In Graphic Options you can choose some basic graphical settings. Widescreen monitors will look best in 16:9, though you may want to adjust these settings depending on the size of your screen. Note: if you don’t have a lot of RAM or a dedicated video card, higher resolutions can result in decreased performance.

Next, navigate to Advanced Graphic Options.

The important values in here are Refresh Rate and Vsync. Set your refresh rate to match the refresh rate of your monitor. For example, my monitor is running at 60Hz, so the SM refresh rate is set to 60. This will allow proper visual syncing between the game and your display.

Personally I find Vsync to be a pain in the ass. In theory, it’s supposed to force the frame rate to match the refresh rate of your display. In reality, it doesn’t really keep up so every once in a while you get noticeable display misalignment. I recommend turning this off. You may get slight tearing every once in a while, but the consistent display is worth it.



Configuring Your Video Card

Almost there. Now that your game is configured, you can make some slight adjustments to your video card and you’re good to go.

Note: My OpenITG machine is using an Nvidia GeForce GT 740 video card. Nvidia drivers have great configuration options and I highly recommend one for your machine. If you have a different video card adjust the guide accordingly as other brands have similar options.

Before you start, open Stepmania and keep it in full screen mode. Alt+Tab out of SM to access Windows.

Open the Nvidia control panel and navigate to “Adjust desktop size and position”. Notice where is says “Refresh Rate” and ensure this matches the settings you configured in Stepmania above.

Set scaling to “Full-screen” and uncheck the option to override the scaling mode set by games and programs.



If you have some slight clipping on the edges of your game, click on the “Size” tab and check “Enable desktop resizing”.


Next, click on the “Resize…” button. This will bring you into a configuration overlay where you can adjust the edges of your game to fit the display.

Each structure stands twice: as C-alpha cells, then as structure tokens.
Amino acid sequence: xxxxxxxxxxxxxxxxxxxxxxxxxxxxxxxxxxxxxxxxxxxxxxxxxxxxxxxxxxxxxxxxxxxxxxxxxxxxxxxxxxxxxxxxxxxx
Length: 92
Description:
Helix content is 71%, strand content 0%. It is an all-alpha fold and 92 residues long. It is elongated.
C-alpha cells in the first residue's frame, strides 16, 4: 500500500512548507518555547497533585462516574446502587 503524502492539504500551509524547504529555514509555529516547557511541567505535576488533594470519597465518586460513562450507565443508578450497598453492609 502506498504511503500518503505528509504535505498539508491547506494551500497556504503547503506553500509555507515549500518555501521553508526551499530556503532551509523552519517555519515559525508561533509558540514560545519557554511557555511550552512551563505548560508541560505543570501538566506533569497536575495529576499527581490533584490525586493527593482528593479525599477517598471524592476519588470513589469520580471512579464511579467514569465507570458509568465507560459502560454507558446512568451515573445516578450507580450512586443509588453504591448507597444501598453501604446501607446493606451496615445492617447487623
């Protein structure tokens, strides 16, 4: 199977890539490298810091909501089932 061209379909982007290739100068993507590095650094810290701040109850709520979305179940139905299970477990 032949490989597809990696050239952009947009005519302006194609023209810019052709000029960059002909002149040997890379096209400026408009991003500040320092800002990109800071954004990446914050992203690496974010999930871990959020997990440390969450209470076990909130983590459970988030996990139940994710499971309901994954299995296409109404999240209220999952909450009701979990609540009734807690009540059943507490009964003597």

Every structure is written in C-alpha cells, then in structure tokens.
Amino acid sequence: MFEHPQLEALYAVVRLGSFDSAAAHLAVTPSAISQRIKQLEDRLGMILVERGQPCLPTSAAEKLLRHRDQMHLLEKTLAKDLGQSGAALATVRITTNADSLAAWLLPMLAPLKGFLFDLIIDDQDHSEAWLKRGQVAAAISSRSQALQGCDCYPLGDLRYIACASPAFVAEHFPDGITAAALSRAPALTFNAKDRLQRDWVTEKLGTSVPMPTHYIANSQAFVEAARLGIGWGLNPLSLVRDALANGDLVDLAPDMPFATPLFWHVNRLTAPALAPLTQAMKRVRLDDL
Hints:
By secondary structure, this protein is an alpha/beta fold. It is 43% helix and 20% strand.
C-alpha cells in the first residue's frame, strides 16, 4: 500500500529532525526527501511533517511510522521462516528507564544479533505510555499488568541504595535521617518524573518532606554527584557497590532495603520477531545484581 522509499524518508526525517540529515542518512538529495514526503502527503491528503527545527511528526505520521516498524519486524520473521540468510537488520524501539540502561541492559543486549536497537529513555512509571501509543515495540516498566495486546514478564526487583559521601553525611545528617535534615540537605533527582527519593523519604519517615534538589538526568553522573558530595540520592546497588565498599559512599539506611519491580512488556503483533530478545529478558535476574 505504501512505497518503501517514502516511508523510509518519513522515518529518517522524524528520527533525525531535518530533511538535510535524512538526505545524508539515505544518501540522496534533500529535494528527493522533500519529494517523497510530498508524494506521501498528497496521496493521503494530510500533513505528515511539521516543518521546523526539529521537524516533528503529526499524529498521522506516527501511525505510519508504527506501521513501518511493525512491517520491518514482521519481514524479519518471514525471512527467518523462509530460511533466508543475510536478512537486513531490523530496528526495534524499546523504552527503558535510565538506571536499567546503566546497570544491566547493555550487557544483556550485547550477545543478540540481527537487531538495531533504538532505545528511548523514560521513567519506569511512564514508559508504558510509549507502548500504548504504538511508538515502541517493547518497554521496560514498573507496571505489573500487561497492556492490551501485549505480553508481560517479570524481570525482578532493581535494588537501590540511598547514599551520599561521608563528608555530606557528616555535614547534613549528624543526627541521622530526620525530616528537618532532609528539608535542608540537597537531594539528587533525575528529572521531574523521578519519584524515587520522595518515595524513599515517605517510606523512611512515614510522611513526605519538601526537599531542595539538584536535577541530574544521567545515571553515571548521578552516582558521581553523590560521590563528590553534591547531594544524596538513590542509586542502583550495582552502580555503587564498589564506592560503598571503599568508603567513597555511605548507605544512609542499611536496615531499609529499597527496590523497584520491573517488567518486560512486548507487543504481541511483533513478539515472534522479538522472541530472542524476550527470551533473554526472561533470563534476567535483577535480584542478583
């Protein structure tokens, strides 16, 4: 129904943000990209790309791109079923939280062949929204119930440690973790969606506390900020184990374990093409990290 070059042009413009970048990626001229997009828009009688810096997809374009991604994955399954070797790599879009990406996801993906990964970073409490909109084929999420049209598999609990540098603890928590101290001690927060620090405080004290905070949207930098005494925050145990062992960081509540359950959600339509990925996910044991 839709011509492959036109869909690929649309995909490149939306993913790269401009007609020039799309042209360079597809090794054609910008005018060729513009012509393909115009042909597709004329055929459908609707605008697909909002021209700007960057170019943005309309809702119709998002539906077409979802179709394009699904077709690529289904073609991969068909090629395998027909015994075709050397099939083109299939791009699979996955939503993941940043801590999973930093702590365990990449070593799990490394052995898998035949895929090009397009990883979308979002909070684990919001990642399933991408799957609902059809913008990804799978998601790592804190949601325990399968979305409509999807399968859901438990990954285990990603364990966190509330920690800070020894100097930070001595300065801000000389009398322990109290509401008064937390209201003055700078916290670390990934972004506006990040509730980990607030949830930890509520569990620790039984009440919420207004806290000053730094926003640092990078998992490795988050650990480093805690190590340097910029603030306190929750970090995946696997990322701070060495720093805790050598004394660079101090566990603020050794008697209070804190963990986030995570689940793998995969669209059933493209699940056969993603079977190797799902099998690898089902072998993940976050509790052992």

Click “OK” and switch the focus back to Stepmania. You should be good to go!



If you’ve gone through the above steps and still display issues here’s some Q&A for troubleshooting.

The display still looks weird, what gives?

Well that’s kind of ambiguous but okay. First, double check the refresh rate on your display matches the refresh rate of Stepmania. There’s a chance this didn’t get configured properly.

If you’re still noticing lag, this might be hardware-related and not display-related. Try reducing the graphic resolution to it’s lowest possible settings and see if the issue persists. You may want to upgrade your hardware or get a dedicated video card.

Also double-check the issue is not with the monitor itself as weaker monitors might not reach perfection. Do a Google search to see if there’s discussions about your monitor and the performance others have seen with it with regards to display lag.

If your monitor has some sort of “Game Mode” programmed with the display, try turning this off/on.

Finally, while it may seem obvious, ensure the global offset for your machine is properly set.

My machine is perfectly synced audibly, but the arrow alignment is off.

If this happens, chances are you’re using a monitor with high display lag. You can try and compensate for this by setting


In Static.ini (OpenITG/SM3.95) or Preferences.ini (Stepmania 5). Change “0.005” to a value in seconds account for the delay (which unfortunately you’ll have to diagnose manually).

Why am I seeing flickers and tearing during gameplay?

If you have Vsync turned off, this is to be expected though for most it’s more than tolerable. You can try enabling Vsync in Graphic Options > Advanced Graphic Options in Stepmania, though your mileage may vary as it can introduce other performance issues.

Does it matter if I use HDMI, VGA or DVI?

The type of cable you use to connect to your computer shouldn’t have a bearing on input lag, but this will vary depending on your video card and the quality of your monitor. You’ll have different display configuration options, and colours may appear differently but that’s about it. For context, my display is connected via HDMI and it looks amazing.